Advances in ISSN: 2373-6402APAR

Plants & Agriculture Research
Proceedings
Volume 4 Issue 4 - 2016
Knowledge and Skill for Change: Leasehold Vegetable Farming a Case Study of Landless Poor People from Nepal
Rajendra Uprety*
Department of Agriculture, Ministry of Agriculture Development, Nepal
Received: August 09, 2016 | Published: September 08, 2016
*Corresponding author: Rajendra Uprety, Department of Agriculture, Ministry of Agriculture Development, Nepal, Email:
Citation: Uprety R (2016) Knowledge and Skill for Change: Leasehold Vegetable Farming a Case Study of Landless Poor People from Nepal. Adv Plants Agric Res 4(4): 00148. DOI: 10.15406/apar.2016.04.00148

Abstract

Leasehold vegetable farming project was implemented in Kashani Village Development Committee of Morang district in Nepal to improve the livelihood of landless poor people. It was joint project of District Agriculture Development Office, District Development Committee and Kashane VDC. In the beginning 5000 square meter of land was leased and distributed equally among 10 participants. Rent of that land was paid by the VDC, technical support was provided by the DADO and the financial support was given by the DDC. In the first year all inputs (seed, fertilizers, and pesticides), tools and equipments were provide to the participants free of cost. Next year participants invested 50% of the cost of the inputs followed by 75% in 3rd year. After three year all subsidies and financial support was removed except technical support. From second year farmers were increased the areas of leasehold land by double and paid the rent of increased land by themselves. During the project regular technical support on vegetable farming was provide by the DADO. Later farmers have developed necessary linkage with DADO and other line agencies. They visit or phone to DADO staffs whenever they need technical support. In 2011 I conducted a short study on the impact of that joint leasehold vegetable project and it reveals a very encouraging impact of that project. Eight out of 10 participants have been involving vegetable farming in larger areas. Two participants has purchased their own land and built new houses. Participants start to send their children to school. Son of one widow is graduating from the college whose study was blocked before due to lack of money for college fees. Two participants who left vegetable farming has been doing vegetable business and earning their livelihood. Besides this many other surrounding farmers start vegetable farming to increase their income. That small project produced remarkable impact within the group and surrounding community.

Keywords: Leasehold vegetable farming; landless people; livelihood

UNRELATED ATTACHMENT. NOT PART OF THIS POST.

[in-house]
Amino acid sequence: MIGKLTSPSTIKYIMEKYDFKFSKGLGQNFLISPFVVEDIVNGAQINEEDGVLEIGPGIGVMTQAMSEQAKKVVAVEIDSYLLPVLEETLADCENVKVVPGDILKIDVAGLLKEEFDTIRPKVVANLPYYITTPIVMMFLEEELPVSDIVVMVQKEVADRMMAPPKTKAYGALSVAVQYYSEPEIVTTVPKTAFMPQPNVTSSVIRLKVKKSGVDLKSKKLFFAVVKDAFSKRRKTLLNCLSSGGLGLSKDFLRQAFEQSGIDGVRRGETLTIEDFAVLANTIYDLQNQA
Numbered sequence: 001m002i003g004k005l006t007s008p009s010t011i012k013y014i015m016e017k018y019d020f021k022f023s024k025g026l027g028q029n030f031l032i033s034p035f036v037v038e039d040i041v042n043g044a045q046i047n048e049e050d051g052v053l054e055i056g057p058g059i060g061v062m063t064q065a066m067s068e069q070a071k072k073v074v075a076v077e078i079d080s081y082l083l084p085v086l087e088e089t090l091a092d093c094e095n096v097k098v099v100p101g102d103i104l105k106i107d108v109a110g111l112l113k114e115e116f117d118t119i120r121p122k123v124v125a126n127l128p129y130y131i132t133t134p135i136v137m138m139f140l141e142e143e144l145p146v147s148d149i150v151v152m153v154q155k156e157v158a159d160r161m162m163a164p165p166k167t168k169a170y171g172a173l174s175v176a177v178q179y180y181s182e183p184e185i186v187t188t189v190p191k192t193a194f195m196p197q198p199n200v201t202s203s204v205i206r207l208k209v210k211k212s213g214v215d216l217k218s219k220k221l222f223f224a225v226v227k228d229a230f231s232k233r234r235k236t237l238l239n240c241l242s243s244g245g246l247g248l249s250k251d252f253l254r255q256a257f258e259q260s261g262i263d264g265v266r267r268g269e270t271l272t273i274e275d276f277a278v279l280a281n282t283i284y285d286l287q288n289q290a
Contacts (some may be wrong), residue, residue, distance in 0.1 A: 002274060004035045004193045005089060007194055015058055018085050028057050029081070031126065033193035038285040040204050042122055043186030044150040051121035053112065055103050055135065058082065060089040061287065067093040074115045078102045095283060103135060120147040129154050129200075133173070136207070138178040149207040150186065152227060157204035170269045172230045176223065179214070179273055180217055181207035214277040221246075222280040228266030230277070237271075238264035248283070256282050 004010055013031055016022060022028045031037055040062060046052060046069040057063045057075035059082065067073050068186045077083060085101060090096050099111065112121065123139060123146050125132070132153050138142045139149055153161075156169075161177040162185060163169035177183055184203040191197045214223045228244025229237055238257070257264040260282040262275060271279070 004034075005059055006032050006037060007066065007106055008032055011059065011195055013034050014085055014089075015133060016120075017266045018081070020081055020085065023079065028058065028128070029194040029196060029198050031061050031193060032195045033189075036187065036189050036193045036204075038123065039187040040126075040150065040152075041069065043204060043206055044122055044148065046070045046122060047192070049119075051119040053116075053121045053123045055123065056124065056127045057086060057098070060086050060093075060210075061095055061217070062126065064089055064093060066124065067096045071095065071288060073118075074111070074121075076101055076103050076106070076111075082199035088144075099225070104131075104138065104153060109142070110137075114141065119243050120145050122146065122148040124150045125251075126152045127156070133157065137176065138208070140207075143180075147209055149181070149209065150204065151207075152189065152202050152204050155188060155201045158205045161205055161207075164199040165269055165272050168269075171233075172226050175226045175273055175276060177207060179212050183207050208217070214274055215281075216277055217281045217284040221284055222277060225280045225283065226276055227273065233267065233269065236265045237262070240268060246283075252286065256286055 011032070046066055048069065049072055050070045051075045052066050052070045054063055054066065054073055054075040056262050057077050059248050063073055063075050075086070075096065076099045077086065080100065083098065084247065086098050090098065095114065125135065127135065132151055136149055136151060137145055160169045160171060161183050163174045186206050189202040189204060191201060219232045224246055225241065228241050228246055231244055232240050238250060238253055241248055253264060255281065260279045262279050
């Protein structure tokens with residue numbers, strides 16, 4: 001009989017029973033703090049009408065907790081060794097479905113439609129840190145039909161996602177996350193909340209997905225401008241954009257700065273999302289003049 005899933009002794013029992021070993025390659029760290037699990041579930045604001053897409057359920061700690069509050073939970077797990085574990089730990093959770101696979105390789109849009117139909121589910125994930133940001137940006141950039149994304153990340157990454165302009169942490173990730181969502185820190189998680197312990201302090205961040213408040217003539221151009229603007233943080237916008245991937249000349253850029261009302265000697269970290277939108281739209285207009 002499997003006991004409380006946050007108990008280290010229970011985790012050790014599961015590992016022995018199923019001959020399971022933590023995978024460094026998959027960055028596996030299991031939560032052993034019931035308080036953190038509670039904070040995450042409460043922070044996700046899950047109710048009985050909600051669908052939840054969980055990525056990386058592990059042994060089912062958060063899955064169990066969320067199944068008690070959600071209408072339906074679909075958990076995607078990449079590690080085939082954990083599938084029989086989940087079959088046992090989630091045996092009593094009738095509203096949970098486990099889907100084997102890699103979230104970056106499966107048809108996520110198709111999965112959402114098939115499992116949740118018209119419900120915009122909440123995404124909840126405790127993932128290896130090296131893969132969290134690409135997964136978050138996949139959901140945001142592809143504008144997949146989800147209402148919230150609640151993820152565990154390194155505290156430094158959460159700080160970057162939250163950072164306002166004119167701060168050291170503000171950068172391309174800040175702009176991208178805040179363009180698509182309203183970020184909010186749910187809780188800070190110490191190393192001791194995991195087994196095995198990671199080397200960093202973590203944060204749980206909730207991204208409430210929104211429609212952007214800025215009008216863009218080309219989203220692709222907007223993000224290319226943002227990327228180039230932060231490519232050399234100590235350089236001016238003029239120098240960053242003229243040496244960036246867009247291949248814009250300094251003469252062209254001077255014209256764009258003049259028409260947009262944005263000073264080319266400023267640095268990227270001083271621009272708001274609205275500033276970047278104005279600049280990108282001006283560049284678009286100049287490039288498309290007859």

Introduction

Agriculture is a main occupation of livelihood for most of the Nepalese people live in rural areas. Rural people depend on agriculture for food, income and employment. There are more than 26 thousands landless households living in Nepal (CBS 2002). In Morang district the number of landless household is 1425 another 18,177 household have less than 0.1 ha of land (DADO Morang 2010). Detail distribution of land holding is given in table 1. Most of them depend on agricultural employment for their livelihood. PLAN Nepal stated leasehold vegetable farming before 1995, for landless people to improve their livelihood in Morang and Sunsari districts of eastern Nepal. That initiative runs some years with full financial (for seed, fertilizers, pesticides, and land lease) and technical support. During the program most of the participants earning was increased but that program demonstrated dependent syndrome among participants on implementing agencies for free inputs and other logistic supports. After termination support from the project most of the participants left vegetable farming and started to work as wage labor again as past. Such results encouraged development workers to think about new modality of leasehold farming especially for the landless people.

As a new collaborative initiation, in late 2002, District Development Committee (DDC) Morang, District Agriculture Development Office (DADO) Morang and Kashani Village Development Committee (VDC) started new model of leasehold vegetable farming as a new intervention for a group of 10 landless people in Kashani to correct the weakness of Plan Nepal leasehold vegetable program. That program started to leased 5000 square meters of land from a local farmer. That land divide 10 equals part and distribute among 10 landless farmers. Out of 10 nine participants belong to indigenous Tharu community and one member was hill migrant.